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Sunday, 25 March, 2001, 06:47 GMT
Argentina remembers Dirty War
Mothers at the demonstration
The mothers have held weekly demonstrations

By James Reynolds in Buenos Aires

Thousands of people demonstrated in Buenos Aires on Saturday to mark the 25th anniversary of the coup which brought in seven years of military rule.

They were commemorating the estimated 30,000 people who disappeared under the military regime.


For my grandson, it was a great shock to find out the truth: that he was adopted by a military family, that his real mother had been killed

Rosa Roisinblit
Several former members of the military junta have been stripped of their immunity and now face possible charges of kidnapping the babies of political prisoners.

The coup was the start of Argentina's Dirty War - a war by any means against those opposed to the regime.

'Sad act'

In a statement on Saturday, President Fernando de la Rua described the coup as a "sad act in Argentina's history".

Army tanks
The 1976 coup marked the start of the dirty war
The president described the demonstrations as "a resounding rejection by the country of the interruption of constitutional order, which left a painful and murderous stain on the past".

A number of Latin American musical stars, including the Cuban, Pablo Milanes, gave a benefit concert in aid of the Mothers of the Plaza de Mayo - a pressure group campaigning to find the whereabouts of the disappeared.

The Mothers of the Plaza de Mayo - mothers of those killed during Argentina's years of military rule - have held similar demonstrations every week for more than 20 years.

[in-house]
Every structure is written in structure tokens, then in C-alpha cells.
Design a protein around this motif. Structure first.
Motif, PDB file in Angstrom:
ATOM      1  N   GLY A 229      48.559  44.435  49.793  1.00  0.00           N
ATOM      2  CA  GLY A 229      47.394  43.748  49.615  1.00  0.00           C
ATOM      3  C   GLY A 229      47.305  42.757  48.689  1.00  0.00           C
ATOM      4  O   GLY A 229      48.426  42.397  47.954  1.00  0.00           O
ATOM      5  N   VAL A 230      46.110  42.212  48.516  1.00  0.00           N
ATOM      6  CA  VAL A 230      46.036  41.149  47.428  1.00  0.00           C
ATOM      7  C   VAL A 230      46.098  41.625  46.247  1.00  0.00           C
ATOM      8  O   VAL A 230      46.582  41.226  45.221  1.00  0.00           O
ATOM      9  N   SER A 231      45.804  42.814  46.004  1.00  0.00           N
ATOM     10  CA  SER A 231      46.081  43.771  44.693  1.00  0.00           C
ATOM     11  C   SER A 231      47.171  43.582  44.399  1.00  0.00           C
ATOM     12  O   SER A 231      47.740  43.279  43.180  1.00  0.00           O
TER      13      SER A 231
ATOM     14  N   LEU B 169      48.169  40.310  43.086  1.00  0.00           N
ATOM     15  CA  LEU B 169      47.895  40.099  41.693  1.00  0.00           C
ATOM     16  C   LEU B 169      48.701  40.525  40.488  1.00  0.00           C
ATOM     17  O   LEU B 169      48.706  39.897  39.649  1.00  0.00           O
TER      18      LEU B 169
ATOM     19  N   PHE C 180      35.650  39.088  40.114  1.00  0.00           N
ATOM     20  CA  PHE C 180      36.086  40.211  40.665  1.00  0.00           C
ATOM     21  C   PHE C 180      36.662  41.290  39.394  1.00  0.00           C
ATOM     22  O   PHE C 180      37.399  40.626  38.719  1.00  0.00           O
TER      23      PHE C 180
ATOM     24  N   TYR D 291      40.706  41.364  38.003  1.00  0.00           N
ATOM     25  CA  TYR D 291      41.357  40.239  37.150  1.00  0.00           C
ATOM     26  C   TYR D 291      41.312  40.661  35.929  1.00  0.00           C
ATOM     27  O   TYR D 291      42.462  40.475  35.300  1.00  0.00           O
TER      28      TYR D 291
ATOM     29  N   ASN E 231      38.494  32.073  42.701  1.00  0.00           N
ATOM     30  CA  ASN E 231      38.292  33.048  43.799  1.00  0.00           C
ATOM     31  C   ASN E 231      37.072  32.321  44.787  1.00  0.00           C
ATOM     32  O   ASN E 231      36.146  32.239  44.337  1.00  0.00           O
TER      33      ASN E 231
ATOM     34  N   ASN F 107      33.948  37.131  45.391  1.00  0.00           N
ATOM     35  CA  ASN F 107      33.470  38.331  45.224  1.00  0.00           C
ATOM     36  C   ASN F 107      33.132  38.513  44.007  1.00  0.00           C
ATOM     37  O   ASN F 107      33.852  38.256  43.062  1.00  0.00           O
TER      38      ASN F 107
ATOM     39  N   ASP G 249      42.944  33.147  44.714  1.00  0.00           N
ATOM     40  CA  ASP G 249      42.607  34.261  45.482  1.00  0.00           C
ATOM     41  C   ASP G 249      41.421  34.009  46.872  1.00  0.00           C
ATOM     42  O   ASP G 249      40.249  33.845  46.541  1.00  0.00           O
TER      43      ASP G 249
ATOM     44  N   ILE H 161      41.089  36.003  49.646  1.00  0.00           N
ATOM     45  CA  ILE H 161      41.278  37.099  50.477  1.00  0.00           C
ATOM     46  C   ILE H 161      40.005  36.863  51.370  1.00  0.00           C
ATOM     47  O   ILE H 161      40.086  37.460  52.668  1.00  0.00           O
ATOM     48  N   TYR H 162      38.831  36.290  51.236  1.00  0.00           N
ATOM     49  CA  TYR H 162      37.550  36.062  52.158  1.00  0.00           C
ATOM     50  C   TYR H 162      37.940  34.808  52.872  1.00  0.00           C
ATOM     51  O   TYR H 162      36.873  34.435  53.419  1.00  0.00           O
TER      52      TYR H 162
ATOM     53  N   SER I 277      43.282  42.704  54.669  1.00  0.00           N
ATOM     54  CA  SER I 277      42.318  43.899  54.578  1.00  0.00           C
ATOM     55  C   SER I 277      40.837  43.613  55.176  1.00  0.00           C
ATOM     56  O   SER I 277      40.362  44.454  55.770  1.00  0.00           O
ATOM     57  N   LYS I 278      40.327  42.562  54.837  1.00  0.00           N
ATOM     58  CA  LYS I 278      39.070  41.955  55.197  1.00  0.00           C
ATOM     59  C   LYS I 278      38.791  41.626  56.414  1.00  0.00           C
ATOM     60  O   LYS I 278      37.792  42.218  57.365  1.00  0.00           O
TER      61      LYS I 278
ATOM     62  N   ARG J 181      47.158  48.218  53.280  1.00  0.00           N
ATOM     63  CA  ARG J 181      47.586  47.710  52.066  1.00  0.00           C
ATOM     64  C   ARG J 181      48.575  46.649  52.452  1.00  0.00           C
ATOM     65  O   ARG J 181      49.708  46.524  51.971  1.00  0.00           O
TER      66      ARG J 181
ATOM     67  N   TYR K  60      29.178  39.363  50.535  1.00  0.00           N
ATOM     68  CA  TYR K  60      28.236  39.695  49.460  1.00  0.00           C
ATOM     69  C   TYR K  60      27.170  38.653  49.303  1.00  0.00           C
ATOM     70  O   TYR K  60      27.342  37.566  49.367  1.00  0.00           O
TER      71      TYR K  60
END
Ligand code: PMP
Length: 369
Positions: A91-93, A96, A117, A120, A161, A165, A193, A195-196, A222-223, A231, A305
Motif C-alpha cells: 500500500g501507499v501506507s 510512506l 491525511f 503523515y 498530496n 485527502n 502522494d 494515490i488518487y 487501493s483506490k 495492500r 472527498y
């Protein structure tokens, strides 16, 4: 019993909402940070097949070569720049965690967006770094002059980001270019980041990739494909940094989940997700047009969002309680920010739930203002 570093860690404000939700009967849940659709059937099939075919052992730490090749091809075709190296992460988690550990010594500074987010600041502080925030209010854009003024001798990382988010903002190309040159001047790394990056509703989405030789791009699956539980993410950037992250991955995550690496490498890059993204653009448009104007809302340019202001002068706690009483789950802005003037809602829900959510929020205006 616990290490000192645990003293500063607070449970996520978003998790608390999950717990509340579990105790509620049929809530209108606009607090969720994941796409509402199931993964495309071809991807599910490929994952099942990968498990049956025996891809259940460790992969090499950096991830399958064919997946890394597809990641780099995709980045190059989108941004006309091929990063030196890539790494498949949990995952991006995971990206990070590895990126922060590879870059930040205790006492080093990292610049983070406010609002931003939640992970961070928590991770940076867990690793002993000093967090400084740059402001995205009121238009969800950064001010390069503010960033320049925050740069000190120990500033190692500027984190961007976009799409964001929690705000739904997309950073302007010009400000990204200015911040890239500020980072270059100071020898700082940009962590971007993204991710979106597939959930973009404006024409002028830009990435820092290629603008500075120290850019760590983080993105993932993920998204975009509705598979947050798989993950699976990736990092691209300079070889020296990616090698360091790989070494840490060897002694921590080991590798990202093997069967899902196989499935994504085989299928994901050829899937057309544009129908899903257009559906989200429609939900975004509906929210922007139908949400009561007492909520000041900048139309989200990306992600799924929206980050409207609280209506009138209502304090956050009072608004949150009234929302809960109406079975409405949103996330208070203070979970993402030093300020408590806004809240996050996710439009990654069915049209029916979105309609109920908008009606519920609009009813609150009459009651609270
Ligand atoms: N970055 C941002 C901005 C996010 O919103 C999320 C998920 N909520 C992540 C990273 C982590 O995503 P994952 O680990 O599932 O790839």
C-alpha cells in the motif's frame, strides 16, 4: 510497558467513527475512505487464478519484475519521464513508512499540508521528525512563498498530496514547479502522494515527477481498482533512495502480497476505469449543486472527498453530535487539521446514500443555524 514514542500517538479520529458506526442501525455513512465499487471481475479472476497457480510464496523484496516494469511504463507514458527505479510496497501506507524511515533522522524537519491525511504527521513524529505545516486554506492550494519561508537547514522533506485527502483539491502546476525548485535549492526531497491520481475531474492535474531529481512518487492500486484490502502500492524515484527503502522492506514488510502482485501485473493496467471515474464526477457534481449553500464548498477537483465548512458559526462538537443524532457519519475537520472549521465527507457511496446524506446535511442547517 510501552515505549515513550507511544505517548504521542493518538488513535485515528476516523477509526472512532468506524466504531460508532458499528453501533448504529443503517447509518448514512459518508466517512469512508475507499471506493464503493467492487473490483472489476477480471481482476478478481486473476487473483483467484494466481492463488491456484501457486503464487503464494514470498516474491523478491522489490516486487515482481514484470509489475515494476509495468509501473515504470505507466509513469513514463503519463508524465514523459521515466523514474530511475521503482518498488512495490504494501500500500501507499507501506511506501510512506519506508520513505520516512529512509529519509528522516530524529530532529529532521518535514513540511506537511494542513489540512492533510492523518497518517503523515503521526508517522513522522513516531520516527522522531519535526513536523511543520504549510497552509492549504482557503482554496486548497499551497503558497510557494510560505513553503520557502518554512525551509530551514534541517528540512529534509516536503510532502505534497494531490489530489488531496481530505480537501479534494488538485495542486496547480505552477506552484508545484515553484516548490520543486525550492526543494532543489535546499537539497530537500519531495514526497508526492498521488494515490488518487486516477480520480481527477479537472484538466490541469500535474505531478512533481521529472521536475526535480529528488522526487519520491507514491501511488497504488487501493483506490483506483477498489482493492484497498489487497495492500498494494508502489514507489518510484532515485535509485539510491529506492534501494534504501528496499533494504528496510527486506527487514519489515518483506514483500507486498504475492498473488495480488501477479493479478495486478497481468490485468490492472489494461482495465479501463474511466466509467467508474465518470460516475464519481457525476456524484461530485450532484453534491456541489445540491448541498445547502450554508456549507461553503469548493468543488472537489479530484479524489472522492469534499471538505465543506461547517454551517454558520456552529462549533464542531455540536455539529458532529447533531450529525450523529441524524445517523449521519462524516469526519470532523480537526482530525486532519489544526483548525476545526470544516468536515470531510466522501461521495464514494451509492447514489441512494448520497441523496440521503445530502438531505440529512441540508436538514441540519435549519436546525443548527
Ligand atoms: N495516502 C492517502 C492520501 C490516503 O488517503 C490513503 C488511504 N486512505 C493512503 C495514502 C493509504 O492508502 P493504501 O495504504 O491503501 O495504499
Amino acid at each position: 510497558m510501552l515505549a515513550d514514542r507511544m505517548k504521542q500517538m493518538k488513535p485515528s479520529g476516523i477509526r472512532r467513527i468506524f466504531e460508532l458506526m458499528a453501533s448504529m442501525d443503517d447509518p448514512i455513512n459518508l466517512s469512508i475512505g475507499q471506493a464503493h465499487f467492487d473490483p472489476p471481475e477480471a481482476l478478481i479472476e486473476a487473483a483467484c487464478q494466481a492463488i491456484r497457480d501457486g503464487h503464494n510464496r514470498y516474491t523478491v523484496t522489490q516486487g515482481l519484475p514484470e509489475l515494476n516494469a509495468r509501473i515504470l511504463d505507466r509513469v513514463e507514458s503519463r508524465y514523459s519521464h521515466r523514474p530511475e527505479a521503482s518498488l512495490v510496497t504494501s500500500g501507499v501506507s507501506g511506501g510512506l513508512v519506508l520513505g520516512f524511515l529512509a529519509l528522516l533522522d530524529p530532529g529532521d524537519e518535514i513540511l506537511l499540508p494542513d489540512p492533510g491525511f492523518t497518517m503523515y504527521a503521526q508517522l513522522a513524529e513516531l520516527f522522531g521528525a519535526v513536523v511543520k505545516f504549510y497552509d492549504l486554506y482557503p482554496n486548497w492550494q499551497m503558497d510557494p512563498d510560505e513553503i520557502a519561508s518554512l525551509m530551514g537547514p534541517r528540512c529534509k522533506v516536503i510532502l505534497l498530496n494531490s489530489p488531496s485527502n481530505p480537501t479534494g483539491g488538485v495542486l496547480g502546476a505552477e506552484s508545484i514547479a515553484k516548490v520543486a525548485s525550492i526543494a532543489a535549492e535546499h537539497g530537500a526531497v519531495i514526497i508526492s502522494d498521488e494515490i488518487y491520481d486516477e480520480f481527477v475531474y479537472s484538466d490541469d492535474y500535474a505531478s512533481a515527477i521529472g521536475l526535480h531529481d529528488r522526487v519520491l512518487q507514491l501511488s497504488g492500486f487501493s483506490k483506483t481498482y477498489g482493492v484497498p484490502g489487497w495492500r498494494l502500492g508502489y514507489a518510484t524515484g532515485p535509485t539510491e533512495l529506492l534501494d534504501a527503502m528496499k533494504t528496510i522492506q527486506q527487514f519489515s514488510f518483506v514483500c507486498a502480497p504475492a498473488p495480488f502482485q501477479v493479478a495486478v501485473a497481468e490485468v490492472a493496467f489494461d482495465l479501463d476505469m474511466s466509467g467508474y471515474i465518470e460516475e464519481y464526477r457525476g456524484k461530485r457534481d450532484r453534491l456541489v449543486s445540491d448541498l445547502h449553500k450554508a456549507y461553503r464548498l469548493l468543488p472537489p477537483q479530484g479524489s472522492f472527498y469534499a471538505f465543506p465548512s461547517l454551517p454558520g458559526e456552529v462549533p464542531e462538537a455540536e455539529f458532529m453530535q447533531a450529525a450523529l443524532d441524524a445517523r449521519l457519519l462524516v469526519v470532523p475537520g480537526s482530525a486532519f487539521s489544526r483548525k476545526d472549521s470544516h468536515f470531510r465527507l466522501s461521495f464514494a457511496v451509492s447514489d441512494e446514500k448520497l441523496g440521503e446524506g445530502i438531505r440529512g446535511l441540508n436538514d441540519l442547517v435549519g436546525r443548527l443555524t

Their demand: truth and justice. Most are now in their 70s or 80s. They are the last campaigners of their generation.

They are joined in the human rights movement by another group, the Grandmothers of the Plaza de Mayo.

The Grandmothers have one aim: to find their missing grandchildren.

Coming to terms

Many have stories like Rosa Roisinblit's. Her daughter Patricia was kidnapped in 1978. Patricia was eight months pregnant at the time.

She was never seen alive again.

For 22 years Rosa tried to track down her grandson. Last year, following an anonymous tip-off, she found him.

A board with pictures of the children who have been found
Seventy missing grandchildren have been found so far
"For my grandson, it was a great shock to find out the truth: that he was adopted by a military family, that his real mother had been killed.

"Now he's having to come to terms with it, it's very difficult for him."

Rosa's grandson is one of 70 missing grandchildren who have now been found. The Grandmothers are looking for hundreds more.

They and other campaigners are looking to put those responsible for human rights abuses during the dictatorship on trial.

So far two amnesty laws have prevented any trials from going ahead. But that may now change.

The country's courts have now begun to ignore the amnesty laws.

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See also:

06 Mar 01 | Americas
Amnesty case gives new hope
07 Mar 01 | Media reports
Judge's ruling sparks fierce debate
19 Aug 98 | Crossing Continents
The Living Disappeared
12 Feb 99 | From Our Own Correspondent
Argentina's missing babies
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